Archive for the ‘Etched Glass’ Category

Mahogany Aspen Door

Written on April 14th, 2011. Comments Off on Mahogany Aspen Door

Aspens & Biblical Verse

A set two windows with aspens and a biblical verse.

Written on October 28th, 2010. Comments Off on Aspens & Biblical Verse

Brightwater Club

This is an etched window for the Brightwater Club,

and was installed at Beaver Creek Ski Area in the Club

Members retreat townhouse.  The scene depicts the

original ranch before it was developed into exclusive

home sites and a golf course.  The photograph of this

etched window was taken  using a black drape behind

the glass to show all the detail in the etching design.

Written on October 28th, 2010. Comments Off on Brightwater Club

American National Bank -logo

A shaded etching of the logo for American National Bank

Written on October 28th, 2010. Comments Off on American National Bank -logo

Aspens wall of windows

The following windows show a set of six windows in a home

located in Mountain Star.  The windows surround a staircase

to a lower level of this magnificent home.

The mission  for me was to create a piece of artwork using

the theme of aspen trees and to have enough etching to create

some privacy for this area of the home.

And now a couple of shots of the outside of the windows:

Written on October 28th, 2010. Comments Off on Aspens wall of windows

Etched Entry

Written on October 19th, 2010. Comments Off on Etched Entry

Vilar Center of the Arts, Beaver Creek, Colorado

This piece is a total of 8 pieces of 3/8″ annealed glass, each measuring 3′ x 8′.  The full panel was commissioned as a donor wall to raise funds for the performing arts.  It is located at the theater entrance.  The wall was built in three stages as donations were received.  The wall is now competed and full of the names of the patrons and donors to the performing arts.

The following are close-ups of the window.

Written on October 18th, 2010. Comments Off on Vilar Center of the Arts, Beaver Creek, Colorado

Eagle Valley High School

This is a carved window measuring 65″ x 82″.  It was commissioned by the class of 2008 and donated to the school.

The following photos are close-ups of the detail in this window.

Written on October 18th, 2010. Comments Off on Eagle Valley High School

Aspen closeup 001

Written on October 15th, 2010. Comments Off on Aspen closeup 001

From Sketch to Etch


s series of pictures shows a work in progress.

The sketch was inspired by a photograph provided by the patron

commissioning this art glass panel.  The finished piece will be carved

into both sides of a piece of 3/8″ annealed glass.  The ocean will also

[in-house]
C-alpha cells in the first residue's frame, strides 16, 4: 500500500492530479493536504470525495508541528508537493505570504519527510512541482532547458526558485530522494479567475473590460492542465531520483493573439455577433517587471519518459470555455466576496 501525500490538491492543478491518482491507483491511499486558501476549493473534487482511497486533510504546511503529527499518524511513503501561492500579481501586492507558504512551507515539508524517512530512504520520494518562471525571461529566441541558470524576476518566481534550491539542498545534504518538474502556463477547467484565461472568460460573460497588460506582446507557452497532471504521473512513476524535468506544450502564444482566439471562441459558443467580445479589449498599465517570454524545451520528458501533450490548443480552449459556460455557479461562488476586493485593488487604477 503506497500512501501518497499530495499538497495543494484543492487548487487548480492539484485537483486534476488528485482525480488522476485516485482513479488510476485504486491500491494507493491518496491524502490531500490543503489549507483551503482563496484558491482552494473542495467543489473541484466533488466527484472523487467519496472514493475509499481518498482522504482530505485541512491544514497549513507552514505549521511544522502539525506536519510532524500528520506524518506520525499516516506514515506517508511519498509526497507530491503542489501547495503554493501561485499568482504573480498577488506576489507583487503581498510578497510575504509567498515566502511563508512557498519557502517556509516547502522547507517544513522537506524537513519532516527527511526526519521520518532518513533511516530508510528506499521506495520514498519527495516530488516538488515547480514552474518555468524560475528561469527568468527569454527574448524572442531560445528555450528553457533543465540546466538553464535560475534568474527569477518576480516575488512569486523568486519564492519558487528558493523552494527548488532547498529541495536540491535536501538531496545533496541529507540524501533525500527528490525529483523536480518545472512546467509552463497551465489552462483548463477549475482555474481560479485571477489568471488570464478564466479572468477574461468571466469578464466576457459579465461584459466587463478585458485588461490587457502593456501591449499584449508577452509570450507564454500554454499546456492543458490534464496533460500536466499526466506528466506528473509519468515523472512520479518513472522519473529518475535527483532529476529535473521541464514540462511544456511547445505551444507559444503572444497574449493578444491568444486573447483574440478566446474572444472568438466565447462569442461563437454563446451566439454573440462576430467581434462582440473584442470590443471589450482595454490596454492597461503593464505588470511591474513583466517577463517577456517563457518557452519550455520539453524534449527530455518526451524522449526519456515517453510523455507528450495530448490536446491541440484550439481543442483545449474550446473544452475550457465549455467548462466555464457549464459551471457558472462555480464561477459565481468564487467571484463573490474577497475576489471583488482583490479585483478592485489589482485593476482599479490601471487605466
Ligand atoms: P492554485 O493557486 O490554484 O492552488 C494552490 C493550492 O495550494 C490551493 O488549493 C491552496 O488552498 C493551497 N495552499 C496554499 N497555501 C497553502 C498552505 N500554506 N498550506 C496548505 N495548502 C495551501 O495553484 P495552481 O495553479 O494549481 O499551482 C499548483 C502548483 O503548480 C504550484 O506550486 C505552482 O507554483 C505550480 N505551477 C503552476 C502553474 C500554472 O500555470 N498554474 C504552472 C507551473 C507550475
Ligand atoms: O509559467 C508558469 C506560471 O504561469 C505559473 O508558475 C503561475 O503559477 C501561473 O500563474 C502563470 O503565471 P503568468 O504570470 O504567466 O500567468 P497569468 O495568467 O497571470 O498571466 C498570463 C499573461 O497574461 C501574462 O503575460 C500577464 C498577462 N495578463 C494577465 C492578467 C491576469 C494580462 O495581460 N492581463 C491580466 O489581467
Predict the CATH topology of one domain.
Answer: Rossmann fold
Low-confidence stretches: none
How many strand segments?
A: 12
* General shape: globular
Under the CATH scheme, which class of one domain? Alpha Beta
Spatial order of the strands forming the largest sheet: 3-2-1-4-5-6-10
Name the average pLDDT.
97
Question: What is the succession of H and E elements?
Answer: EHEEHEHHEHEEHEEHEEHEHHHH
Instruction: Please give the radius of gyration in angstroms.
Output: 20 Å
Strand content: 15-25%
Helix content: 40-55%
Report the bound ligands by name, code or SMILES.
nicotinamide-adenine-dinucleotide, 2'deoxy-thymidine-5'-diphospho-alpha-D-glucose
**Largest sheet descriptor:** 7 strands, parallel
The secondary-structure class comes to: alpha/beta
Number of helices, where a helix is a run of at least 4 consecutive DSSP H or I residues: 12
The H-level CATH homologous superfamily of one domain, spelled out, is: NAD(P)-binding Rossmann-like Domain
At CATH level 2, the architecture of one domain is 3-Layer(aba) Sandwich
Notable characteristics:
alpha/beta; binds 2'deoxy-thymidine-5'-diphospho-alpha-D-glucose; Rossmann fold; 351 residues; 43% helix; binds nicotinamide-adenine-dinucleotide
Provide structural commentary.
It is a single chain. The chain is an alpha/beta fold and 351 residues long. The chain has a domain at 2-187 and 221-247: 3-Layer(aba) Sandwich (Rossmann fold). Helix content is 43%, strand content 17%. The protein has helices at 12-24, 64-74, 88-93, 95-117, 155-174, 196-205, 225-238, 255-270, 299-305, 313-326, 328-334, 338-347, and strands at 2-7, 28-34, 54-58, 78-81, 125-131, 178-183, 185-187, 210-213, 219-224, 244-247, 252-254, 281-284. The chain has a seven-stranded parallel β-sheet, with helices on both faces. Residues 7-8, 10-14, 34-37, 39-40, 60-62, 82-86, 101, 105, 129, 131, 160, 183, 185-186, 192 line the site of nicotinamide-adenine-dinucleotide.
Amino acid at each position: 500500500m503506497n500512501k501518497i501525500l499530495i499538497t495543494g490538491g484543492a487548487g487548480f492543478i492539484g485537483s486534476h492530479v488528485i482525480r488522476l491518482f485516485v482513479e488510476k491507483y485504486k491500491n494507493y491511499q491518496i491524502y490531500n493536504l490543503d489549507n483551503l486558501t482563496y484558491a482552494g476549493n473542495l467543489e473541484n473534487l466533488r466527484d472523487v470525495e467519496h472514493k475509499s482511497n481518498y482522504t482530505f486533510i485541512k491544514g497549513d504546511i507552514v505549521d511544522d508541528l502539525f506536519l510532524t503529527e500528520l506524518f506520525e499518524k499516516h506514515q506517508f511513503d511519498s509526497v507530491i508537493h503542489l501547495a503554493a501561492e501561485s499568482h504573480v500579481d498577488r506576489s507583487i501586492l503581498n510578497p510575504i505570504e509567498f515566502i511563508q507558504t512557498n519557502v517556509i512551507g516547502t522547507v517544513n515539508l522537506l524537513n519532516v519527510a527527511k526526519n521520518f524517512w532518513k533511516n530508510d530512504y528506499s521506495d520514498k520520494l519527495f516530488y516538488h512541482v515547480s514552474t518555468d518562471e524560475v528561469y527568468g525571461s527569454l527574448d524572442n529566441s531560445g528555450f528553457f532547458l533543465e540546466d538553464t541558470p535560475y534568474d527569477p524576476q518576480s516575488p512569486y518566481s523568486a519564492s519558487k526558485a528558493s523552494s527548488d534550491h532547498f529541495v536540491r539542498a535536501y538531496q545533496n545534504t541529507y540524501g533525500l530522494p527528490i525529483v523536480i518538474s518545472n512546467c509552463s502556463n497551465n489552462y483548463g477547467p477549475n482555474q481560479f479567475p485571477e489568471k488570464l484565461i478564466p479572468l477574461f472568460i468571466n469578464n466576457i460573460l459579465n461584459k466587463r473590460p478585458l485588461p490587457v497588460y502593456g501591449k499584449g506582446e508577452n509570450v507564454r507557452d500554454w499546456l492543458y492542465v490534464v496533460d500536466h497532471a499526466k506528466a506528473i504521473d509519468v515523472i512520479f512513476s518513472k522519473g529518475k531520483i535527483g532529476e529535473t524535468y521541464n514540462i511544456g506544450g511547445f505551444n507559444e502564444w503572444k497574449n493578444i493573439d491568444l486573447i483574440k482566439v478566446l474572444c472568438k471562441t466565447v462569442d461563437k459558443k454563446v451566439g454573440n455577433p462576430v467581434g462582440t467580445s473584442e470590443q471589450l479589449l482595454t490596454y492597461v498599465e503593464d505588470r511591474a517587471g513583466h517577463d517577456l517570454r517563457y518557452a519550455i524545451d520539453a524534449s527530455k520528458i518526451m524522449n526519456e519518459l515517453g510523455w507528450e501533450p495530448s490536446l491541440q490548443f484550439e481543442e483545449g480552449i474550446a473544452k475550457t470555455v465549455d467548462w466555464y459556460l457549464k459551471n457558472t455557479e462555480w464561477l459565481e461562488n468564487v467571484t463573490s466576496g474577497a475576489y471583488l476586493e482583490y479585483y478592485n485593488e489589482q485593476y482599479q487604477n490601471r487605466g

be glue-chipped after it has been etched, and then highlighted again

with detail etching.

This photo shows the glass panel covered with a vinyl resist and the

drawing done on the vinyl.  Once the drawing has progressed to

this point the next stage is hand cutting the patten.

Here we have the glass panel sitting on the

glass rack ready for the first in many series of carving sessions.  All lines

in the pattern are cut before any of the blasting starts, the sequence of

blasting and pulling the pattern is determined by the objects that will overlay one another


This photograph is of the first side sandblasted and carved.

There will be a few things added to this side after the second

side of the glass has been sandblasted.

Above is the back side of the glass with the sketch

which will then be cut and sandblasted just as the front side was.

Shown above is the second side sandblasted.  The protective coating of resist

paper is still present to protect the areas that will remain clear glass.

This stage of the process is called glue chipping.  The ocean in this window will be covered

with animal hide glue after it was sandblasted.  This is an old technique used to give the

glass an ice like texture.  The glue is so powerful that it pulls chips of glass off as it drys and cracks.

This process is on its own time schedule and some areas often need to be treated twice.

Below is a closeup view of the chipping.

The chipping is often loud and explosive, a sharp ping and the chip

will fly many feet away from the project leaving a clear textured area.

Almost there, a few of the white patches are

areas that did not chip the first time.

The green tint is caused by photo lights and not a coloring\

of the glass etch.

More to come……………

Written on October 8th, 2010. Comments Off on From Sketch to Etch

Latest Work

Aspen closeup 001
Etched Transom
Hummingbirds and Columbines
Donor Wall – Vilar Center of the Arts

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